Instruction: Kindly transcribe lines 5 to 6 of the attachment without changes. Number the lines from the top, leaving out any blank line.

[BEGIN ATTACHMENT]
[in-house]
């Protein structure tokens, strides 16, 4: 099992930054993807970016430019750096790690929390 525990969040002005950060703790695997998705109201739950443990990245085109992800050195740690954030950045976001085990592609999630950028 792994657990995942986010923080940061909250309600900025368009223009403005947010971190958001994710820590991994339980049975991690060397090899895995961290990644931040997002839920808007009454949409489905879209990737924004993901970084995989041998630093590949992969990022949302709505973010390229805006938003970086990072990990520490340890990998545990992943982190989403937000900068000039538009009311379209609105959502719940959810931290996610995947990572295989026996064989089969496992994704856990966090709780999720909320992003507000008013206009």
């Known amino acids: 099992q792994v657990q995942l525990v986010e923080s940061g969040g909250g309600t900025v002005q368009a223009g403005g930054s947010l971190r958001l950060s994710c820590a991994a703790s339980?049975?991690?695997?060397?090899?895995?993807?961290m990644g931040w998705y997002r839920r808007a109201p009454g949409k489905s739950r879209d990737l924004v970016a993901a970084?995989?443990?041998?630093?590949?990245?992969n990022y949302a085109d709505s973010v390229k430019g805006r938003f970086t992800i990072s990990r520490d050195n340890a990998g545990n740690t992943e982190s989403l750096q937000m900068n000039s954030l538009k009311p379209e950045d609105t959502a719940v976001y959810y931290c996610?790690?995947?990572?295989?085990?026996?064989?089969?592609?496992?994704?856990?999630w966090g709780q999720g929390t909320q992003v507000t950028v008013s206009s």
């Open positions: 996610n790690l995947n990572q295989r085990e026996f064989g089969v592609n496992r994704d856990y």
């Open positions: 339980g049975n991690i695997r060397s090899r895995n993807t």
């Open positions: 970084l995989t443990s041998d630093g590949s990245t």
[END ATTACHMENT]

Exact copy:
């Open positions: 339980g049975n991690i695997r060397s090899r895995n993807t």
């Open positions: 970084l995989t443990s041998d630093g590949s990245t």